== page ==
Inventions and Proprietary Information Agreement (IPIA)
What is the IPIA?
The IPIA is an agreement that effectively transfers ownership of certain intellectual property to MIT (consistent with MIT Policy) and allows MIT to meet its legal obligations to the supporters of its research. MIT’s obligations under federal regulations and research contracts require that all persons having an opportunity to participate in research at MIT have a current IPIA on file with the Technology Licensing Office (TLO). All questions regarding the IPIA can be directed to the TLO.
Consistent with federal regulations (35 U.S.C. § 206 (the “Bayh-Dole Act”), 37 CFR 401), sponsored research obligations, and MIT Policy, everyone who can participate in MIT-administered research (i.e., faculty, research staff, and students) must sign the IPIA.
If you have signed an IPIA that was drafted prior to April 10, 2010, you must sign an updated version to comply with current federal regulations. If you are changing your status from postdoctoral or student to a visiting or affiliate appointment, you must sign the appropriate Visitor IPIA to confirm the compatibility of the policies of your employer with MIT's Policies. Contact the TLO if your employer has questions about the IPIA.
IF AN INDIVIDUAL’S IPIA IS NOT ON FILE BEFORE A RESEARCH PROJECT BEGINS, MIT IS IN VIOLATION OF FEDERAL REGULATIONS AND OTHER FUNDING OBLIGATIONS.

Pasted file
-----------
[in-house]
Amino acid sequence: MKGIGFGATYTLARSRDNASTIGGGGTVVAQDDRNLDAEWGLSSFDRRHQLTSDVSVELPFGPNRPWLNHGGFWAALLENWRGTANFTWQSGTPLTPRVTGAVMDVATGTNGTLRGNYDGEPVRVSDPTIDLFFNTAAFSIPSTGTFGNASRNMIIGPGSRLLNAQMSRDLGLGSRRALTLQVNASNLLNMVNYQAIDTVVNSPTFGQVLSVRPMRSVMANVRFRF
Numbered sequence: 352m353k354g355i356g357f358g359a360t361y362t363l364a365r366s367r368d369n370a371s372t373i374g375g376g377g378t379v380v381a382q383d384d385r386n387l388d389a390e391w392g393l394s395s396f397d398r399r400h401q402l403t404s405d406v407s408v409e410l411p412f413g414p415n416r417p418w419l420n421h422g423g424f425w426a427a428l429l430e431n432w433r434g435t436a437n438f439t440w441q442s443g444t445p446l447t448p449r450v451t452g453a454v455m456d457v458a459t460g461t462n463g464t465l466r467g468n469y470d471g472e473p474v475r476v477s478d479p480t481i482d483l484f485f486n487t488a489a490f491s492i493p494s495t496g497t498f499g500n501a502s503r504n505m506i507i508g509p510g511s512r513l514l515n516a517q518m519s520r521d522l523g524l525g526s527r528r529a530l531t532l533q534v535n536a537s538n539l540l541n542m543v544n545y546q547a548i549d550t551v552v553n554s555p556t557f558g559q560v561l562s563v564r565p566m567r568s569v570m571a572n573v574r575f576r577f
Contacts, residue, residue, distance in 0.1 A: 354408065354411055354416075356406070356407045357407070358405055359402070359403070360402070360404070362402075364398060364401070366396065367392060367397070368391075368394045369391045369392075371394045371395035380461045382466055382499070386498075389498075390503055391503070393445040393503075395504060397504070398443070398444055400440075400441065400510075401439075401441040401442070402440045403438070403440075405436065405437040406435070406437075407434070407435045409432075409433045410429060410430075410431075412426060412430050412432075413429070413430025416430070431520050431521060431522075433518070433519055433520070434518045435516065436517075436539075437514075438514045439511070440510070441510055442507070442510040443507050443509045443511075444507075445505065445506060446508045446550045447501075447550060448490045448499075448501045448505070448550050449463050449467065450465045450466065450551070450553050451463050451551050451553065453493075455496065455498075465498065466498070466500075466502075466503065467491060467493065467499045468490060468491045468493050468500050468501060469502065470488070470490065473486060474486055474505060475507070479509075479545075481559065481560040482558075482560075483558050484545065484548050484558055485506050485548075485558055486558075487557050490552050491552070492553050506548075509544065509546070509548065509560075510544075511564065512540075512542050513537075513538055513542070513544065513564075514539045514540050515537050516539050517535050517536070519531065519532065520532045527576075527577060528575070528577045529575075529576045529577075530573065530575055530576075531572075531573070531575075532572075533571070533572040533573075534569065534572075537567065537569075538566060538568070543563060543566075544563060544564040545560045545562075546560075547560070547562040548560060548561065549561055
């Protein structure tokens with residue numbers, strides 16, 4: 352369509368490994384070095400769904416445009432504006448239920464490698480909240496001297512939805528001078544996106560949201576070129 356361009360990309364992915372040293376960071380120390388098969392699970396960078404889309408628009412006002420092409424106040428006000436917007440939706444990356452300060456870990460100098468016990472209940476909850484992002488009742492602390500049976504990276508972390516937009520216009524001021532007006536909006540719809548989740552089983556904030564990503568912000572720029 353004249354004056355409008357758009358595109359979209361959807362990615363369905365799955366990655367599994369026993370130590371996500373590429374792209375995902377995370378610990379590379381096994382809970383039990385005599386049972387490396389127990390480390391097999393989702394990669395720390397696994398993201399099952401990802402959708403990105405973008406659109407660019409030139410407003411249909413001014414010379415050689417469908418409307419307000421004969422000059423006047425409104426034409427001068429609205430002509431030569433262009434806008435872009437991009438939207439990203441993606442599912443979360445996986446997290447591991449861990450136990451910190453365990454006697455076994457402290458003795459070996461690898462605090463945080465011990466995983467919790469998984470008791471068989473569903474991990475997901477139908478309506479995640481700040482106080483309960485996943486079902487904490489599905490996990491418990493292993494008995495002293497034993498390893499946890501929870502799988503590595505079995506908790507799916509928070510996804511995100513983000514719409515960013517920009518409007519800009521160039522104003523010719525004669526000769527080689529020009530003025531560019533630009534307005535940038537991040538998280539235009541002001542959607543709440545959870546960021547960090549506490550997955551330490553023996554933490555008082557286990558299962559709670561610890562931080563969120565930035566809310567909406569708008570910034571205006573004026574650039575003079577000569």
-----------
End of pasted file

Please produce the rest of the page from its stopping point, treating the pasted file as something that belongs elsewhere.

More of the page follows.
Assertion of Ownership
Per the IPIA, MIT would own an inventor’s own intellectual property in limited circumstances. Visit our page on invention ownership to learn more.
The IPIA contains certain obligations of which all signers should be aware. Learn more here.
HOW TO SIGN
Some researchers can sign the IPIA via Atlas; others must sign the IPIA in hard copy. Links to forms are available below.
Who can sign via Atlas?
Faculty, staff (including visitors, research affiliates and fellows, and Media Lab), graduate students (including Media Lab), and undergraduates (including minors) may sign the IPIA via Atlas (MIT certificates required). The executed IPIA will be automatically sent to the signatory and to the TLO with a note to the DLC primary HR contact.
Visitors and research affiliates will be prompted to print the IPIA, sign, and present it to their home institution or employer for their signature (usually an authorized signatory, counsel, or Tech Transfer Office equivalent). See IPIA Guidance for Visitors for more information or contact the TLO.
Who must sign a hard copy IPIA form?
Anyone whose appointments have not been approved by the appropriate Dean’s Office must sign a hard copy version of the IPIA (see forms below). Please send the IPIA to the TLO only when the MIT ID and email address have been inserted.
Anyone transferring from a current appointment to a visiting or research affiliate appointment (e.g., graduate students or postdoctoral associates) must sign a hard copy Visitor IPIA form.
Marie Curie Fellows must sign a specific version of the IPIA that was negotiated with the European Commission.